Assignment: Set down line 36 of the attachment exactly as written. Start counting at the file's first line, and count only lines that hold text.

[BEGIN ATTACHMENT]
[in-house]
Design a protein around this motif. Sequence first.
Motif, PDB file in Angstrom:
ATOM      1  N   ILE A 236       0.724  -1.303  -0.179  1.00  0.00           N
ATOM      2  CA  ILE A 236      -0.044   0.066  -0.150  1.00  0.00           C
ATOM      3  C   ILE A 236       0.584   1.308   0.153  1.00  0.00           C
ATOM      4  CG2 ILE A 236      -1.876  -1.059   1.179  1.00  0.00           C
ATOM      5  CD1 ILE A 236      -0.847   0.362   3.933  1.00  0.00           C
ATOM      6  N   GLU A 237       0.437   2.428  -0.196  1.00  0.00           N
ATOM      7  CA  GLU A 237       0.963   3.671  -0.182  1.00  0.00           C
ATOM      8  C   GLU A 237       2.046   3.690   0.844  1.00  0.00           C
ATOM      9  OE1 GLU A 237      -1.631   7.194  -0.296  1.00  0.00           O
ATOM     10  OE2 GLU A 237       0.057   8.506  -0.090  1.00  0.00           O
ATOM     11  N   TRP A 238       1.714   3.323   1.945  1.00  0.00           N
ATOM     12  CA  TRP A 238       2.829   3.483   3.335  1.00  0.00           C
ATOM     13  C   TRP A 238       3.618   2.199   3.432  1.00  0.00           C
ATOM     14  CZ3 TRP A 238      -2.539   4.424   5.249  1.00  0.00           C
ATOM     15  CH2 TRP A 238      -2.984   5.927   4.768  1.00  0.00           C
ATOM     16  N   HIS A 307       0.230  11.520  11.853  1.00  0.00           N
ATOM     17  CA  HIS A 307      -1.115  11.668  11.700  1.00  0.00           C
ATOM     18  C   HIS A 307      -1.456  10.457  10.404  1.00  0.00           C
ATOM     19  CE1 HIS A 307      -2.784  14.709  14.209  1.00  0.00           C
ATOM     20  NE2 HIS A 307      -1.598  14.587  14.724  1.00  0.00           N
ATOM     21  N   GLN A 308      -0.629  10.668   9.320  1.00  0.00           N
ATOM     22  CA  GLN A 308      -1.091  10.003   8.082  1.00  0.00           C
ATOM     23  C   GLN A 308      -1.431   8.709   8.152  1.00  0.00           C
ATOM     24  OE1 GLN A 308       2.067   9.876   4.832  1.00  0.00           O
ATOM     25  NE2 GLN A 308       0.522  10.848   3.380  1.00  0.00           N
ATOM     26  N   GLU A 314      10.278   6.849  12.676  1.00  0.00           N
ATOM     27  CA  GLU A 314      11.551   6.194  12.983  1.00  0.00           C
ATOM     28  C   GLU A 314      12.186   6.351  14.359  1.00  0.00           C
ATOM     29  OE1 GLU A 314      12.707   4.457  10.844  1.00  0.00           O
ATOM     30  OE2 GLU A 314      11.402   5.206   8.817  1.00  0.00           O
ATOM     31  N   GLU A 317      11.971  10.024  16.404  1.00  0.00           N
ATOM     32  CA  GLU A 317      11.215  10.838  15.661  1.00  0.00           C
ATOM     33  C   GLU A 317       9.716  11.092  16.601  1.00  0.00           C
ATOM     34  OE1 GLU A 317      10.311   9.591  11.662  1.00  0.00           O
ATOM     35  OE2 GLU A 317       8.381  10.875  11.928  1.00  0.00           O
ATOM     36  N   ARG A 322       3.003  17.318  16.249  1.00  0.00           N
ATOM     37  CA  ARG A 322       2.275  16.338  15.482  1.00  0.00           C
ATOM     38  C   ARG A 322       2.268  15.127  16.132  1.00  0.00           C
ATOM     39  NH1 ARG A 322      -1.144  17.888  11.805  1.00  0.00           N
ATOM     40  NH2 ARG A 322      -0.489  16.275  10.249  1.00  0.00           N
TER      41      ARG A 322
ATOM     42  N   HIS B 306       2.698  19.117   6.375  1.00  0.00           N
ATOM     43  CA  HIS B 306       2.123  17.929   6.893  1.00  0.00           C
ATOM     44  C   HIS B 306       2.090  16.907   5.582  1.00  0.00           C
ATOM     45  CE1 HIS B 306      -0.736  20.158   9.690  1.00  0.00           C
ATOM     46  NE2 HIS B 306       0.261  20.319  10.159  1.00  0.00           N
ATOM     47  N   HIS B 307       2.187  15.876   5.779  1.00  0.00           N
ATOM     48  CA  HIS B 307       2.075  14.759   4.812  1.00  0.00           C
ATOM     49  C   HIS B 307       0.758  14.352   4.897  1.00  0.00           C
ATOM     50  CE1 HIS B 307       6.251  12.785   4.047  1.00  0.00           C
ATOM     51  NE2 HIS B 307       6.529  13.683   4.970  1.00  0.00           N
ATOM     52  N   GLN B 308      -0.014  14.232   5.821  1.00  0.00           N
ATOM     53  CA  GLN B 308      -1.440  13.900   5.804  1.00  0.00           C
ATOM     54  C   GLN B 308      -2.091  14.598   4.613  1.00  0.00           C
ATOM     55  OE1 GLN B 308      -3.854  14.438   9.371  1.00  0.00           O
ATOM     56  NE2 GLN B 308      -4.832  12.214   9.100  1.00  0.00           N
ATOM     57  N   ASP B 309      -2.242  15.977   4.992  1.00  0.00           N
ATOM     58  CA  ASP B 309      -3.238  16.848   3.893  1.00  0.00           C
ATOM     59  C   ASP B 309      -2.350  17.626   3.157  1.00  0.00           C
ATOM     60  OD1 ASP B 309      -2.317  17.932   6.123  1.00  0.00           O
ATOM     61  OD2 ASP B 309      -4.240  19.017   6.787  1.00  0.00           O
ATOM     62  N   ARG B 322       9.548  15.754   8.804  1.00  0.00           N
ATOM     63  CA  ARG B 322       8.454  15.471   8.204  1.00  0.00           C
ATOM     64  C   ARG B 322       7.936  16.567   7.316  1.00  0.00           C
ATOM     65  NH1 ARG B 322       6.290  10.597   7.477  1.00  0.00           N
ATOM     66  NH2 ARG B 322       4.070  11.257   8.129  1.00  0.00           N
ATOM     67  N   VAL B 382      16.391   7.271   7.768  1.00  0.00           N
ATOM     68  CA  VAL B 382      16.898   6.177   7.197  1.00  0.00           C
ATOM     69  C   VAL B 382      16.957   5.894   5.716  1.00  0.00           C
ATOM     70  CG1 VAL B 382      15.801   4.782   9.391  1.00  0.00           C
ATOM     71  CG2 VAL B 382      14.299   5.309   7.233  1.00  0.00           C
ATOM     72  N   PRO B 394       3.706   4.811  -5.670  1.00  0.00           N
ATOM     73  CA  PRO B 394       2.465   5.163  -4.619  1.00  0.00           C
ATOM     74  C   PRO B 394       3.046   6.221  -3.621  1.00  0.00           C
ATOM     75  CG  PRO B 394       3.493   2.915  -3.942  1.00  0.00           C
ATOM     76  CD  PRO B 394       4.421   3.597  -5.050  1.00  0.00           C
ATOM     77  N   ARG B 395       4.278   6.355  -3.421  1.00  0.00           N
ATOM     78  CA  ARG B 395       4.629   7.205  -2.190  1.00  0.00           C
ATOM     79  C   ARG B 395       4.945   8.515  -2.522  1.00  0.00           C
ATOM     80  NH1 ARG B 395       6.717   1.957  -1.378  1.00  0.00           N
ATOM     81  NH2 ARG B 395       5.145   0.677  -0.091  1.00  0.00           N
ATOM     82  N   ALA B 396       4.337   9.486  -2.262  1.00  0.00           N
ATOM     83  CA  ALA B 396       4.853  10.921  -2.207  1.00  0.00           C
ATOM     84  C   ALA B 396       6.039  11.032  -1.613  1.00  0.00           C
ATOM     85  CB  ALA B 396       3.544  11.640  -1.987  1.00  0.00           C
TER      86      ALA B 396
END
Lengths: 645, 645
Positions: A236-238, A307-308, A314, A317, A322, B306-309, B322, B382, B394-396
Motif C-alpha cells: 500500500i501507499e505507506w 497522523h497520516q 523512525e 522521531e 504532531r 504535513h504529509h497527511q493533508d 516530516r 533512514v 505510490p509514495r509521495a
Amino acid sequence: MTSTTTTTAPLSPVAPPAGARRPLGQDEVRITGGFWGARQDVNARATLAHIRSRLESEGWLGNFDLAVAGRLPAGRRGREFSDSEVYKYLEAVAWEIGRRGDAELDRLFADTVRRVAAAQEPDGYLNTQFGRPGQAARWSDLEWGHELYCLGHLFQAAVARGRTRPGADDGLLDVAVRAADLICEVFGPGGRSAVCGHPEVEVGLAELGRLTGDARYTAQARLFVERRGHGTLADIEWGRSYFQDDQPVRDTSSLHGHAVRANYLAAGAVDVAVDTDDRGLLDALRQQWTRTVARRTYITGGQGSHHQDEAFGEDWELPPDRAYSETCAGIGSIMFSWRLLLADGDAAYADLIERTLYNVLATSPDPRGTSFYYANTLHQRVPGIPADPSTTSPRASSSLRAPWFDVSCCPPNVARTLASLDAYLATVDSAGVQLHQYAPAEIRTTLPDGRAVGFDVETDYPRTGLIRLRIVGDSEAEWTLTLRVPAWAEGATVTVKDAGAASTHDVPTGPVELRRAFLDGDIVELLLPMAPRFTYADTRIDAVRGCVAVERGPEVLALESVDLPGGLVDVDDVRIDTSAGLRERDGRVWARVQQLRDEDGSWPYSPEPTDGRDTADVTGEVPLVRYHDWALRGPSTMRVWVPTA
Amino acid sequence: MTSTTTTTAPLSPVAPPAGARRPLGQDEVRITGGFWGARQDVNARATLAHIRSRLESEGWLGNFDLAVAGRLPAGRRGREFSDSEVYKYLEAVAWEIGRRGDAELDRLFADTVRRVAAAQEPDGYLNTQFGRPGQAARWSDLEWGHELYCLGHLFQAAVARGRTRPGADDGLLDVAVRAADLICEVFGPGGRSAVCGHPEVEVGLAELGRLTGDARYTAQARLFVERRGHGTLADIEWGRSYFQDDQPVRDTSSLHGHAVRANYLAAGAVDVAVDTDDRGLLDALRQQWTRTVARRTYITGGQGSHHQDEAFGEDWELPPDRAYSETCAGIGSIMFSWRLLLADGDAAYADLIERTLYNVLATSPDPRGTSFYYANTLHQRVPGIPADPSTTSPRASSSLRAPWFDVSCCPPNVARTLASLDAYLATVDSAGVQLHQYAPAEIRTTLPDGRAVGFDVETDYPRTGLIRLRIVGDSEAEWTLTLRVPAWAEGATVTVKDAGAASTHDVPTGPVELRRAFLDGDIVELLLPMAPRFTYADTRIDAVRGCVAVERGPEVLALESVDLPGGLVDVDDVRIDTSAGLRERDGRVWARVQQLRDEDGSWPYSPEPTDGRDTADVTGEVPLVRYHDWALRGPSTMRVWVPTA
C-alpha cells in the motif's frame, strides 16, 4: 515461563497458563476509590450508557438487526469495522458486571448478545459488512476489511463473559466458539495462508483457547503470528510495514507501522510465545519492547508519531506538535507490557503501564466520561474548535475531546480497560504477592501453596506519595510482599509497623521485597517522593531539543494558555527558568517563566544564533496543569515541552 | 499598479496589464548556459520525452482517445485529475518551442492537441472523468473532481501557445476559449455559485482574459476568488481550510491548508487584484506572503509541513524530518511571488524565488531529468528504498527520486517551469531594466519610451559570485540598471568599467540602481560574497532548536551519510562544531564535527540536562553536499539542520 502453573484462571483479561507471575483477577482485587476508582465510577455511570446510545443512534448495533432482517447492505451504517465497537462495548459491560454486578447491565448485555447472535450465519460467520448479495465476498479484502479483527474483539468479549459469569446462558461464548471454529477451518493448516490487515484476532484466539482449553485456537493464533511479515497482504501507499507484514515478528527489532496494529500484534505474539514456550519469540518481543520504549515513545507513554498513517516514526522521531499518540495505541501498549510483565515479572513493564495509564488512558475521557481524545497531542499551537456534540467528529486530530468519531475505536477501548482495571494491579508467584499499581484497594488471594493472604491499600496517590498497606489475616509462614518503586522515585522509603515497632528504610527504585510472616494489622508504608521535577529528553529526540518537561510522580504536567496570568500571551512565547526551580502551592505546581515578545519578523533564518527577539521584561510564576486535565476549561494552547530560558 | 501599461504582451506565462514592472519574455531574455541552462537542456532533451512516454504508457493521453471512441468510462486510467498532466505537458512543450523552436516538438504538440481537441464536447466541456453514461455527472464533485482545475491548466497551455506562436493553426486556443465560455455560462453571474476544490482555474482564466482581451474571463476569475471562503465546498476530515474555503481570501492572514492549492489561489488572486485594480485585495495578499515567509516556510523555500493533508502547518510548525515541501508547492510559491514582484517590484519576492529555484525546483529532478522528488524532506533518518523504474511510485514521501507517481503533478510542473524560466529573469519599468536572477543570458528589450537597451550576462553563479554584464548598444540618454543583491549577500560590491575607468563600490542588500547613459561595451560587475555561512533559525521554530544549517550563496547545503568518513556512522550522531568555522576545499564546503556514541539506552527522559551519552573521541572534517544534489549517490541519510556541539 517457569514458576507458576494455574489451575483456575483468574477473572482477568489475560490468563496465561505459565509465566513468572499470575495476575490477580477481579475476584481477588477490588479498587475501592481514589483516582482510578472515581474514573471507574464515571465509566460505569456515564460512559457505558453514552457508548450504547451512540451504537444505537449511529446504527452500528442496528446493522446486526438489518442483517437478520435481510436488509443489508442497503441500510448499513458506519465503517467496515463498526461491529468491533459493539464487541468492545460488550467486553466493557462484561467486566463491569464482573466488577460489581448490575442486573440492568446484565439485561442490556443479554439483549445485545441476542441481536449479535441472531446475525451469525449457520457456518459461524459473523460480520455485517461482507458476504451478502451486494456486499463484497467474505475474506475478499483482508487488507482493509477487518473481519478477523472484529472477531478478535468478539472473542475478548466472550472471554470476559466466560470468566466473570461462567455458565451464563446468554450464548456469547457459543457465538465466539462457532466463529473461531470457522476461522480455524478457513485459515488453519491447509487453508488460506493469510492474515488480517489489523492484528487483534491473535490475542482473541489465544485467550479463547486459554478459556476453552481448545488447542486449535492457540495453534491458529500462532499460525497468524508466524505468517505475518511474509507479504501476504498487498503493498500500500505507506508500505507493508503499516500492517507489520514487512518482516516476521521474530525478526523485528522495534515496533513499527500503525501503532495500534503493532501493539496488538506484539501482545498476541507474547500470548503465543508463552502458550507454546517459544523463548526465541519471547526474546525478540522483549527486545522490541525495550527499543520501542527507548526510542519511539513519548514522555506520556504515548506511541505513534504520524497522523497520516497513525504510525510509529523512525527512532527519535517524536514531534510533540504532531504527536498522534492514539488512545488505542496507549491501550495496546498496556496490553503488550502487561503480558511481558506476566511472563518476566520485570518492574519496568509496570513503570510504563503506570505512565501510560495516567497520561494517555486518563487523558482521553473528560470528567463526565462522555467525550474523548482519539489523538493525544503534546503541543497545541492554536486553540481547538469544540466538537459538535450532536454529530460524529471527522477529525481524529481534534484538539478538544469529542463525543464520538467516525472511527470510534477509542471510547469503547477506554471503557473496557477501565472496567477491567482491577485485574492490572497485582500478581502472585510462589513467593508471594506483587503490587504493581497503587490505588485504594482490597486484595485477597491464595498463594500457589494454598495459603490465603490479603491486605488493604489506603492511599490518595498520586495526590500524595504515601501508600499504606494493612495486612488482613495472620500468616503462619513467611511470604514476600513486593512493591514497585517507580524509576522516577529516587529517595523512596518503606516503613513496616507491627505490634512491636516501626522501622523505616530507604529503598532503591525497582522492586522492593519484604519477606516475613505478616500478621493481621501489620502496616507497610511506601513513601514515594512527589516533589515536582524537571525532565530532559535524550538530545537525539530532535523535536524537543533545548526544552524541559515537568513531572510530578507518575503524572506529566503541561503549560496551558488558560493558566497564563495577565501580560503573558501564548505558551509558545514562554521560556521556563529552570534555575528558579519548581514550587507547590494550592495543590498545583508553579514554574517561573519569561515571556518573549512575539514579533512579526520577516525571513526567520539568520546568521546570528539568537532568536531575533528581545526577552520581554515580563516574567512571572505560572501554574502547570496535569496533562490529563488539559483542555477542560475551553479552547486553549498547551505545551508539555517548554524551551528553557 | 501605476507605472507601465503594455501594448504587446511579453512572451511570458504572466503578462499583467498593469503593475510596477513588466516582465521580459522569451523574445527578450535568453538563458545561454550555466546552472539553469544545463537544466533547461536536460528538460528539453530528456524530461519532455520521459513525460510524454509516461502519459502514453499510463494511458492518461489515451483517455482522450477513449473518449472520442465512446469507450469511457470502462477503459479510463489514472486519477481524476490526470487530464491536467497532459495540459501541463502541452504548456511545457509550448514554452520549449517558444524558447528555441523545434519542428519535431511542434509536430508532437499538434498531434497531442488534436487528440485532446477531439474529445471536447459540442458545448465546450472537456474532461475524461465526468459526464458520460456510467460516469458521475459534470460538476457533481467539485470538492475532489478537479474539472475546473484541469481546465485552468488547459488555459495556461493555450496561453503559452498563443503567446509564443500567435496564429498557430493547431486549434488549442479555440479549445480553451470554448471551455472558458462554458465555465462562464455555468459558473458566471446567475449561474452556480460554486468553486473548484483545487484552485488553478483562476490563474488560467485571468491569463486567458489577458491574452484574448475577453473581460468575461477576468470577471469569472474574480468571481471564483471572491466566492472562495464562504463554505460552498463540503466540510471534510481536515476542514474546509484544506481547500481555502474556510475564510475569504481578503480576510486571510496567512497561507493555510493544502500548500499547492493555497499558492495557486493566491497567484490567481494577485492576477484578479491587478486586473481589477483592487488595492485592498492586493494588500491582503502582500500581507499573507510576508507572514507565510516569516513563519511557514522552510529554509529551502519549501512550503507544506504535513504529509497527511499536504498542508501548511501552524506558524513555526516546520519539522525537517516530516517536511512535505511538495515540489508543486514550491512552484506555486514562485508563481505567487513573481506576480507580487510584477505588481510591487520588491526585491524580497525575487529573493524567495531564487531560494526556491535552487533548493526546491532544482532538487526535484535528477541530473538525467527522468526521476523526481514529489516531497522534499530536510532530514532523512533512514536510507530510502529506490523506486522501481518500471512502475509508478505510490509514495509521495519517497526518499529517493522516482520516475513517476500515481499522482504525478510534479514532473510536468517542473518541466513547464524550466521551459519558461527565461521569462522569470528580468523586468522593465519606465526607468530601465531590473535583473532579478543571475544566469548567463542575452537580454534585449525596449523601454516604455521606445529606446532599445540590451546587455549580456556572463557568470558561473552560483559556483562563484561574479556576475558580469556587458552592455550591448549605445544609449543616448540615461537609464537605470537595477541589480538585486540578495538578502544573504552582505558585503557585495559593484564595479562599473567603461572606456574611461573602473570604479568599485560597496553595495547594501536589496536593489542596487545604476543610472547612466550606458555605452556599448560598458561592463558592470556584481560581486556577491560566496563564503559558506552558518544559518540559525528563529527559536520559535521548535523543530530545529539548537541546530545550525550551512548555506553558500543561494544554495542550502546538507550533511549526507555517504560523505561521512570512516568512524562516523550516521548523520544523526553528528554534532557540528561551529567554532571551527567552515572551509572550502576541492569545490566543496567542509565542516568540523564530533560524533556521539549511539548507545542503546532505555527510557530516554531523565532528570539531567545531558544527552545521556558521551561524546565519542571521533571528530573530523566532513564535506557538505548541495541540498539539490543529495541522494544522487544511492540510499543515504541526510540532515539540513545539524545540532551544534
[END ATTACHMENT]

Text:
ATOM     33  C   GLU A 317       9.716  11.092  16.601  1.00  0.00           C